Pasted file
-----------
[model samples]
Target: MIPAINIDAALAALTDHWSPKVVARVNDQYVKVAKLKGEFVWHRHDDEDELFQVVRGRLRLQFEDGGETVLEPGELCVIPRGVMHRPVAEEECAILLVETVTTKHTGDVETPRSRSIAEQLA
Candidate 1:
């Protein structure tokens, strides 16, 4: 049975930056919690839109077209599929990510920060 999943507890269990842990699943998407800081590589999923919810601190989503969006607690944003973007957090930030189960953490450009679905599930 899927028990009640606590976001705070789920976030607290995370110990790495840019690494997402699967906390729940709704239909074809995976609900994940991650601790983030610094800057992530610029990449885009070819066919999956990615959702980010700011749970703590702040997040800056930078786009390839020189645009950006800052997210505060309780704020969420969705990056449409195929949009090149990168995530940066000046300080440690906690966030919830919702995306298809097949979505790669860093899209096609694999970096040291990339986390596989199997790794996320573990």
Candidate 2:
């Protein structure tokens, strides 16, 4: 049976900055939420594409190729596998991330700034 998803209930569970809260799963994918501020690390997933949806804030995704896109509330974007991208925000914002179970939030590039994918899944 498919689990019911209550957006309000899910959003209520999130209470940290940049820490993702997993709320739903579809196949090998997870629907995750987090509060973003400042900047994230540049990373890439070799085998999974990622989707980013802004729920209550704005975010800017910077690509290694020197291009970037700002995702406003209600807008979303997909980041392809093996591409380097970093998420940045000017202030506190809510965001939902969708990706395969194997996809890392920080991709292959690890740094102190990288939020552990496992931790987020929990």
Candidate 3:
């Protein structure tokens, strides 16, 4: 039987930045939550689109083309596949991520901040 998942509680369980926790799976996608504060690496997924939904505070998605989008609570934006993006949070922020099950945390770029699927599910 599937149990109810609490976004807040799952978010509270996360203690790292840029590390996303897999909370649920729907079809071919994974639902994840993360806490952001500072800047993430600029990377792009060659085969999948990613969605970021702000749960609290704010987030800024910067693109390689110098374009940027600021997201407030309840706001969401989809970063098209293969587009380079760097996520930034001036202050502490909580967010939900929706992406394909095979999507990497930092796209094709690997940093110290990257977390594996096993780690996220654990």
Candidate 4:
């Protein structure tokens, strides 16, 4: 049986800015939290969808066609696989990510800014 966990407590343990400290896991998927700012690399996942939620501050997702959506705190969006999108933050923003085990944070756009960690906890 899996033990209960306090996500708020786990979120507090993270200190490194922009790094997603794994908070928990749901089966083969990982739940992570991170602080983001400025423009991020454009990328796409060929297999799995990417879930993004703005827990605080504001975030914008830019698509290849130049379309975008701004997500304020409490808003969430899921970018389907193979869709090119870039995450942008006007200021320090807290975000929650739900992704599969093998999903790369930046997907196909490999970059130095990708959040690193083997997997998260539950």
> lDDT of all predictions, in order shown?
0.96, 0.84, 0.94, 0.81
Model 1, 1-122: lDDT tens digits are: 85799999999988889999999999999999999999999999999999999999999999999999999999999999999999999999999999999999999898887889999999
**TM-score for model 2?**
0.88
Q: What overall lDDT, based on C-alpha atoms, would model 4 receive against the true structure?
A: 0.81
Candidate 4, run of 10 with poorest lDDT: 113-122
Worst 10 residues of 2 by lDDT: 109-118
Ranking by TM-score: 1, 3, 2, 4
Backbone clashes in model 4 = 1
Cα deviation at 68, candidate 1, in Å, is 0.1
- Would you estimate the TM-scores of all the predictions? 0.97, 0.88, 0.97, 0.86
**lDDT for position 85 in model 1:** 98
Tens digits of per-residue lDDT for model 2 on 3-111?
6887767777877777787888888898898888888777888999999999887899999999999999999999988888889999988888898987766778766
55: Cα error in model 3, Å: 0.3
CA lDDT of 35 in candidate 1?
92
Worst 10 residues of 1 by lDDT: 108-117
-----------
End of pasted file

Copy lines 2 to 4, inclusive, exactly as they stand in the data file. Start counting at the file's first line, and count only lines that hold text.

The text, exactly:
Target: MIPAINIDAALAALTDHWSPKVVARVNDQYVKVAKLKGEFVWHRHDDEDELFQVVRGRLRLQFEDGGETVLEPGELCVIPRGVMHRPVAEEECAILLVETVTTKHTGDVETPRSRSIAEQLA
Candidate 1:
């Protein structure tokens, strides 16, 4: 049975930056919690839109077209599929990510920060 999943507890269990842990699943998407800081590589999923919810601190989503969006607690944003973007957090930030189960953490450009679905599930 899927028990009640606590976001705070789920976030607290995370110990790495840019690494997402699967906390729940709704239909074809995976609900994940991650601790983030610094800057992530610029990449885009070819066919999956990615959702980010700011749970703590702040997040800056930078786009390839020189645009950006800052997210505060309780704020969420969705990056449409195929949009090149990168995530940066000046300080440690906690966030919830919702995306298809097949979505790669860093899209096609694999970096040291990339986390596989199997790794996320573990």